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The Tremendous 10 link roundup, #33

by | May 22, 2015, 12:10pm

  1. Cheat Sheets I: The Art of Commentary With BBC’s Nick Barnes | “Behind every great football match is a great commentator, and in front of every commentator is a set of notes. BBC Radio Newcastle’s Nick Barnes and NBC Sports’ Arlo White have some of the best—and most unique—in the business.”
  2. Photographic Portraits of Famous Artist’s Paint Palettes by Matthias Schaller | “Since 2007 photographer Matthias Schaller has photographed raw, abstract paintings. The paintings however are not found on canvas, but rather smeared onto the tools used to craft each work of art—the palettes. His series, Das Meisterstück (The Masterpiece), claims these behind-the-scene objects as portraits of the artist, while also giving a direct insight into the detailed techniques performed by each painter.”
  3. The Untold Story of ILM, a Titan That Forever Changed Film | “Industrial Light & Magic was born in a sweltering warehouse behind the Van Nuys airport in the summer of 1975. Its first employees were recent college graduates (and dropouts) with rich imaginations and nimble fingers. They were tasked with building Star Wars’ creatures, spaceships, circuit boards, and cameras. It didn’t go smoothly or even on schedule, but the masterful work of ILM’s fledgling artists, technicians, and engineers transported audiences into galaxies far, far away.” PS: Droidmaker was a great read if you want to know more.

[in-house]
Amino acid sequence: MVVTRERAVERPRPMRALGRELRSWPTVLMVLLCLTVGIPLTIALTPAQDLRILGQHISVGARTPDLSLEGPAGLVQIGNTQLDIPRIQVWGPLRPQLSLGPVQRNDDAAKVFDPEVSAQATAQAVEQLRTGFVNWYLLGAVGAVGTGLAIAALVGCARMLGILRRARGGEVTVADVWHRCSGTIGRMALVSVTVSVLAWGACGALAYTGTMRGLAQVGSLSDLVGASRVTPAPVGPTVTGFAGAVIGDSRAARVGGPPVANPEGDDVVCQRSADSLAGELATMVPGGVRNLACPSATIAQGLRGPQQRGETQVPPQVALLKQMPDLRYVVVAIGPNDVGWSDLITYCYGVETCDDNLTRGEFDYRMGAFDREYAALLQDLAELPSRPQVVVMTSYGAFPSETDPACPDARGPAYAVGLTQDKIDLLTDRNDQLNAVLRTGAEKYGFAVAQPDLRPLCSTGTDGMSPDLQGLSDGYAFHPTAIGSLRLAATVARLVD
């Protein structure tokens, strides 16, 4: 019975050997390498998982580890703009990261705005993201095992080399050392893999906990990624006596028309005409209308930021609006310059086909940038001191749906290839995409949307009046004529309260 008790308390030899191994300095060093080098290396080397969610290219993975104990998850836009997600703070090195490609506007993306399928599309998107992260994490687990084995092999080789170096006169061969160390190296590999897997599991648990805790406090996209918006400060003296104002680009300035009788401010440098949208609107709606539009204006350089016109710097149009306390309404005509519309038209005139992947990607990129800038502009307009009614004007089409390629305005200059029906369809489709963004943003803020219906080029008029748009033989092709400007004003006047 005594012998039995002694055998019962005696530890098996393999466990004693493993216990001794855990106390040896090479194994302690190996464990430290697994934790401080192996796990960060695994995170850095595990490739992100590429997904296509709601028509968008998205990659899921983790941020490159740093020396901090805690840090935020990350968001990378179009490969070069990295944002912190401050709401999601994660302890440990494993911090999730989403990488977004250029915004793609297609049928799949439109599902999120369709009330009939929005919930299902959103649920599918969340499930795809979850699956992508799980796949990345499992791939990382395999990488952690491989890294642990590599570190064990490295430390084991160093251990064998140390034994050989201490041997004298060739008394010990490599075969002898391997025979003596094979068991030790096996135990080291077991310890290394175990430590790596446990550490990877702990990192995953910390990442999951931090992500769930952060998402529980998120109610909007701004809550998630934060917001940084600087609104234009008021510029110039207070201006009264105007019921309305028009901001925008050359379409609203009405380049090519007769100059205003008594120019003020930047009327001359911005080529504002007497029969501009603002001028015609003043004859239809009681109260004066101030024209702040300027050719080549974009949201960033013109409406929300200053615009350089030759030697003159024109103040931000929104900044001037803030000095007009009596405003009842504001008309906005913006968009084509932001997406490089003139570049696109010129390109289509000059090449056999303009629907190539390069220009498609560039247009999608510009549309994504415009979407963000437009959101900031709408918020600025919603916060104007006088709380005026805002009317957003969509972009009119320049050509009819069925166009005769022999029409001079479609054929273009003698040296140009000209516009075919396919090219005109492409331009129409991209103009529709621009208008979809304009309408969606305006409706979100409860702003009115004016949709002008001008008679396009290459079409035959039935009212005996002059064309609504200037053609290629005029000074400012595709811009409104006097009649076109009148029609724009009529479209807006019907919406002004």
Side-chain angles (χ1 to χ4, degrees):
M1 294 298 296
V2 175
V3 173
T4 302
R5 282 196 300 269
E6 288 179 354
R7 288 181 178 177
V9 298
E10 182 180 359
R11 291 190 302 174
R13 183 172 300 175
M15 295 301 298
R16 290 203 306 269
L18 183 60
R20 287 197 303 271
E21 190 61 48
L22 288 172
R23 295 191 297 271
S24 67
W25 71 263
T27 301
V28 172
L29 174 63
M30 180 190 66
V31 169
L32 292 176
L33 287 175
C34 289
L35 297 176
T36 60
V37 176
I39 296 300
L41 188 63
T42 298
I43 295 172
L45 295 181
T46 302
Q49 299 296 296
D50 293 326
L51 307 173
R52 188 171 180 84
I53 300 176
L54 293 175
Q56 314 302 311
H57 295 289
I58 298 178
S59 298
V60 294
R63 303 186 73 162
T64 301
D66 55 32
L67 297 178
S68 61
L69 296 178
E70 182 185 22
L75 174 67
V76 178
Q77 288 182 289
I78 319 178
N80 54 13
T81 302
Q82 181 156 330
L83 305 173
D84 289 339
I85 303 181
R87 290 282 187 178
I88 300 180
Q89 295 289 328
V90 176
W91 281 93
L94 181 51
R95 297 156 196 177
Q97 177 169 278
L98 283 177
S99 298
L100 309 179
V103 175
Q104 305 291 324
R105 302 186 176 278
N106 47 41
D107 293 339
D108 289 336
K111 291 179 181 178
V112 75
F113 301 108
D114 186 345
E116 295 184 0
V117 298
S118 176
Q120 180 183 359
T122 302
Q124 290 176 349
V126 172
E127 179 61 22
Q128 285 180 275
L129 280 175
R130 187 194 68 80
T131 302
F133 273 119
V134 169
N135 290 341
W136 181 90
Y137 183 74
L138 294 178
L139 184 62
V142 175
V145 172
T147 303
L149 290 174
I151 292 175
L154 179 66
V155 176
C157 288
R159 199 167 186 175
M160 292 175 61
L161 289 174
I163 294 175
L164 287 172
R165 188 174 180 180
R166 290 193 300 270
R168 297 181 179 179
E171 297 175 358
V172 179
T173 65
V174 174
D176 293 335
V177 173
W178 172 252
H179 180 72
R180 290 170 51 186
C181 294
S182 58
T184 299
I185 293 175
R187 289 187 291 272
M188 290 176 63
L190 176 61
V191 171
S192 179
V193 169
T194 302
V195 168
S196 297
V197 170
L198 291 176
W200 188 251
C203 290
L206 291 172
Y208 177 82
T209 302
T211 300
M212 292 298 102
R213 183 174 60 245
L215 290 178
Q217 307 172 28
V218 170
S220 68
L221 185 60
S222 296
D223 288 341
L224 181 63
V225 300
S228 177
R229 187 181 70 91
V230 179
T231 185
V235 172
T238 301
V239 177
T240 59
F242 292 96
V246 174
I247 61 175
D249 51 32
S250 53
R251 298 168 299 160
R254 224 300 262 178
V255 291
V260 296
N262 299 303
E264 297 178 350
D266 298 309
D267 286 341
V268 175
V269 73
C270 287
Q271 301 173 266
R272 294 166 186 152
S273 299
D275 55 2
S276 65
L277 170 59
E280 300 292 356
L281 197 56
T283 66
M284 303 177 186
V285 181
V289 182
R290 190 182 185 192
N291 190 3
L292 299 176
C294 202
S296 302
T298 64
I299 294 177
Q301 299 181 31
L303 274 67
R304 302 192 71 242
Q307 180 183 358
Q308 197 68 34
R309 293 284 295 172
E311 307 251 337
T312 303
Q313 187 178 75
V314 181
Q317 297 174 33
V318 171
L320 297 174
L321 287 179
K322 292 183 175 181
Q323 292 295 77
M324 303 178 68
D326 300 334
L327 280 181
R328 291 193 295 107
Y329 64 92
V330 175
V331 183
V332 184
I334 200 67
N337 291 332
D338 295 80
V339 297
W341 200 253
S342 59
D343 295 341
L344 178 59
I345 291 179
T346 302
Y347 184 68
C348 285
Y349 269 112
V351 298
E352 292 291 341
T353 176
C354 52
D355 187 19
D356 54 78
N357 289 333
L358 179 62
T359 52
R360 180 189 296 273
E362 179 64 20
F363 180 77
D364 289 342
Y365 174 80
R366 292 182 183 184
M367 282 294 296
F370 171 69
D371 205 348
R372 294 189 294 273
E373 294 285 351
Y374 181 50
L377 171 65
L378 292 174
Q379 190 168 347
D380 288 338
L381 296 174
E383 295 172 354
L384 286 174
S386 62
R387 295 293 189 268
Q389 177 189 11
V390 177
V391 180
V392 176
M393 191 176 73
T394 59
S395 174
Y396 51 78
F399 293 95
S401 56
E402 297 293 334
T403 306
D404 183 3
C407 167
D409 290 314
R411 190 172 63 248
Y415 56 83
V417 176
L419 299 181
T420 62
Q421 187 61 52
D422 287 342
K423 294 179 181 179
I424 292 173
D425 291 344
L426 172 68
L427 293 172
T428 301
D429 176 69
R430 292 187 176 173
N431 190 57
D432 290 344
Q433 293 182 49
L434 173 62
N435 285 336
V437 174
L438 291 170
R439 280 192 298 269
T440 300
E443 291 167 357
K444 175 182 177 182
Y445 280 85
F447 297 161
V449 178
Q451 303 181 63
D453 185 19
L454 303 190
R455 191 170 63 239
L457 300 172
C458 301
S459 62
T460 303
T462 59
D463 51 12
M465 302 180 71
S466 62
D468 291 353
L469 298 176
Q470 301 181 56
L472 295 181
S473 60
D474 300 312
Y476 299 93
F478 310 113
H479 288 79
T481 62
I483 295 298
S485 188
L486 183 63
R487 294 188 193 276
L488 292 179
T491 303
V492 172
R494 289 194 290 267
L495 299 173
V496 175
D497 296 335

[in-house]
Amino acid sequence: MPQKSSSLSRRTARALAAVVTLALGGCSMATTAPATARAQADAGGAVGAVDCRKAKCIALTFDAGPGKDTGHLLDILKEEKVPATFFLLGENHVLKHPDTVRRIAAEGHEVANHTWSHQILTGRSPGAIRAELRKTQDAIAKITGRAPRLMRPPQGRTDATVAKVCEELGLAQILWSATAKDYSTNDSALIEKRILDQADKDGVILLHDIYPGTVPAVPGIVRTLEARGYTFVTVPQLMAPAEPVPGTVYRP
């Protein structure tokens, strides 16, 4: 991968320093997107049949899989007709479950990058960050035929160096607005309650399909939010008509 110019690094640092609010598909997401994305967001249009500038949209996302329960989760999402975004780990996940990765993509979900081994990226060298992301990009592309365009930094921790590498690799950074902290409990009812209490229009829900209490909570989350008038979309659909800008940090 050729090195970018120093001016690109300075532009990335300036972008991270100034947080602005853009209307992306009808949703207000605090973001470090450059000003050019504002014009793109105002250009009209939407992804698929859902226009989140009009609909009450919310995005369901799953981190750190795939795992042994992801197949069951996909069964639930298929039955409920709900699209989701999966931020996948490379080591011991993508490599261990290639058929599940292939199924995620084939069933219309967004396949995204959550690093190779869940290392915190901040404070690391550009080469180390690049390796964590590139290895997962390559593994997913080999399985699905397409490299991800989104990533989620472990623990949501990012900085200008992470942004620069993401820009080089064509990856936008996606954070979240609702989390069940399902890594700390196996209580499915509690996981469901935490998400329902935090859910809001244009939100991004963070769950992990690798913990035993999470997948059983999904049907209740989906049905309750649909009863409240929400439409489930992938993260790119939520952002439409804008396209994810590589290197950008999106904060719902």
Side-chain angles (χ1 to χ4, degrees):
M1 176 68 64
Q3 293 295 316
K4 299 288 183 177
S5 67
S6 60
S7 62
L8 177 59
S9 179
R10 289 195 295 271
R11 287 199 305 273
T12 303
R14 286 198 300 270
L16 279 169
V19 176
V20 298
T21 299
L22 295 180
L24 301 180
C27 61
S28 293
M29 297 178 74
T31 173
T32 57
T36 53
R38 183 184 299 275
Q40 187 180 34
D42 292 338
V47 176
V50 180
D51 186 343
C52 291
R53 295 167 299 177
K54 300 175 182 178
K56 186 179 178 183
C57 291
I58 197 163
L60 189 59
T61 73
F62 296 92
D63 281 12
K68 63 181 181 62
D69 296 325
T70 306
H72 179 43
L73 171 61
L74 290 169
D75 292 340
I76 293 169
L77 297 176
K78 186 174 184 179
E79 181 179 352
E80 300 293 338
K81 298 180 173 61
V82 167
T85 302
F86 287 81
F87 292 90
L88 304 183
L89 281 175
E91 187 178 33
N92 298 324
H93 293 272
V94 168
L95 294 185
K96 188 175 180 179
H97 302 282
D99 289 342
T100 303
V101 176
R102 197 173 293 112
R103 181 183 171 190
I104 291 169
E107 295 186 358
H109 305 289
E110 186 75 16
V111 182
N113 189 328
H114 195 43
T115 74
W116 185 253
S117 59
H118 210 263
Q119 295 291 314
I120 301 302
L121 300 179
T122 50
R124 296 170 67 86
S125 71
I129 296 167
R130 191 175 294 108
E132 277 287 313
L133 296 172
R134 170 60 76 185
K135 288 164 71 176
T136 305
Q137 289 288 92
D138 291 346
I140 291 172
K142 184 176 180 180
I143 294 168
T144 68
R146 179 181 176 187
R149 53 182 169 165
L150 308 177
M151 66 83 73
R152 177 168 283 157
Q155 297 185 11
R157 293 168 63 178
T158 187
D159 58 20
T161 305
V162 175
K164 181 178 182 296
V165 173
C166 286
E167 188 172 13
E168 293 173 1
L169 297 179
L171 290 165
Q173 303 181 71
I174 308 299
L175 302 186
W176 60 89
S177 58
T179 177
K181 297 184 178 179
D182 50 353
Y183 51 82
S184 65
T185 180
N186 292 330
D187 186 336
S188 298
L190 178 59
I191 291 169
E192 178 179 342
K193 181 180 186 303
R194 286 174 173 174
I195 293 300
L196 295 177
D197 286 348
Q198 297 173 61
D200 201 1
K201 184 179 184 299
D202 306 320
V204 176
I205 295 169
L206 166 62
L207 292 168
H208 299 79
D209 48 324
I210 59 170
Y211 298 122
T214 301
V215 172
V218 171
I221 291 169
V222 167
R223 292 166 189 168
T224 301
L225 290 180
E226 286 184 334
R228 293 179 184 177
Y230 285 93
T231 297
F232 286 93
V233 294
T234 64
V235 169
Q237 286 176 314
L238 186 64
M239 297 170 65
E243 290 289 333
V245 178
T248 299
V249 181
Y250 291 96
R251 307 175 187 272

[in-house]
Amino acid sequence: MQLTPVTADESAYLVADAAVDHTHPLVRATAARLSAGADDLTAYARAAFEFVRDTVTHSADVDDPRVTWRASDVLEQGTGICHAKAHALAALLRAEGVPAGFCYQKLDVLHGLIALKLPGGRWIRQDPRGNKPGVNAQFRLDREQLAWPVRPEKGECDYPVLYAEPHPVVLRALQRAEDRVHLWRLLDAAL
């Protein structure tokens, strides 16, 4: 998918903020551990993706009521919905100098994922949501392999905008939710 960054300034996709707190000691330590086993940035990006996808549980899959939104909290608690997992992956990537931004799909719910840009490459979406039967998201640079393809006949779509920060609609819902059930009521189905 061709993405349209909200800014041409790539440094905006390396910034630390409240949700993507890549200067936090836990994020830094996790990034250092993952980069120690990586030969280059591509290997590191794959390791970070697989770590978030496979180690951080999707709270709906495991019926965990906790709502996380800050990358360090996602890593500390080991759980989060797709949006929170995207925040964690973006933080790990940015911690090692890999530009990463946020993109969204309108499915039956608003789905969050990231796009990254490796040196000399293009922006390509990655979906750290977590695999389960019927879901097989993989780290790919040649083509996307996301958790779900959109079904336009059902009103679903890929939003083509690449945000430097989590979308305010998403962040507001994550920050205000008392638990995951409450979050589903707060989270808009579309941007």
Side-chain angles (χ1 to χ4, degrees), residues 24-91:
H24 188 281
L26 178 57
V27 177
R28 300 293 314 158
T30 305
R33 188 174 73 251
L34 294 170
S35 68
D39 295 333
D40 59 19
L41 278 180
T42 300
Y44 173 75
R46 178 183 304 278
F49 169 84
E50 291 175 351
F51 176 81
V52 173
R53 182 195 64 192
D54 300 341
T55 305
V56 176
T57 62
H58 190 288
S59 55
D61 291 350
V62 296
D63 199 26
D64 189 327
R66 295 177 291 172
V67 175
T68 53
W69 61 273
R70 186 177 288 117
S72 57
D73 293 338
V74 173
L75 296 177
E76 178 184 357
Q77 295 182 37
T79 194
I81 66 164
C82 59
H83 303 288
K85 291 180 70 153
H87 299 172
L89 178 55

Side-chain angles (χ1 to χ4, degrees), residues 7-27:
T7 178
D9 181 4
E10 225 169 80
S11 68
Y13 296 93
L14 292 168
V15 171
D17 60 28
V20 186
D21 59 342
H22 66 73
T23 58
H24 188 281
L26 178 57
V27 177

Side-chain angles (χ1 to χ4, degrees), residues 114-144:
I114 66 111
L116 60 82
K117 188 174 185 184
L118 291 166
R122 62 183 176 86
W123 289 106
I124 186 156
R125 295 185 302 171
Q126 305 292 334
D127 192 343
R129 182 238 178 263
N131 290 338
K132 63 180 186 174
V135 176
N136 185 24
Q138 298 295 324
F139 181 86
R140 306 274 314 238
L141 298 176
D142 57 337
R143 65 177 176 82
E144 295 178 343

4. I’m Tom Standage, Deputy Editor of The Economist, and This Is How I Work | “Tom is the author of a variety of history books, including Writing on the Wall, which posits that the exchange of information throughout history, whether it be written on papyrus in ancient Rome or printed by hand in during the Reformation, isn’t really any different from modern social media. He previously served as the editor-in-chief of Economist.com, and even plays in a band when time allows. We spoke with Tom to learn a bit about how he works.”
  5. Hamburger icon: How these three lines mystify most people | “The hamburger button has become a common symbol on our smartphones, tablets and computers. But, Chris Stokel-Walker asks, what is it, where did it come from, and do people really know what it means?”
  6. The International Flag of Planet Earth | A proposal by Oskar Pernefeldt: “Current expeditions in outer space use different national flags depending on which country is funding the voyage. The space travelers, however, are more than just representatives of their own countries. They are representatives of planet Earth.” I like the optimism of this project.
  7. The Plot Against Trains | “What we have, uniquely in America, is a political class, and an entire political party, devoted to the idea that any money spent on public goods is money misplaced, not because the state goods might not be good but because they would distract us from the larger principle that no ultimate good can be found in the state.”
  8. You might not think you’re sexist – until you take a look at your bookshelf | “Your taste in music, books, television or art sends a message about what you think is worth your time and who you think is smart.”
  9. Fontstand | “A completely new way of licensing desktop fonts. Fontstand is a Mac OS X app that allows you to try fonts for free or rent them by the month for desktop use for just a fraction of the regular price. One-click font activation for all your OS X apps.”
  10. ‘What’s one thing you’ve learned at Harvard Business School that blew your mind?’ | “Some of these literally blew my mind. Some blew my mind because I never realized how important they were.”

Image via Lifehacker, link #4.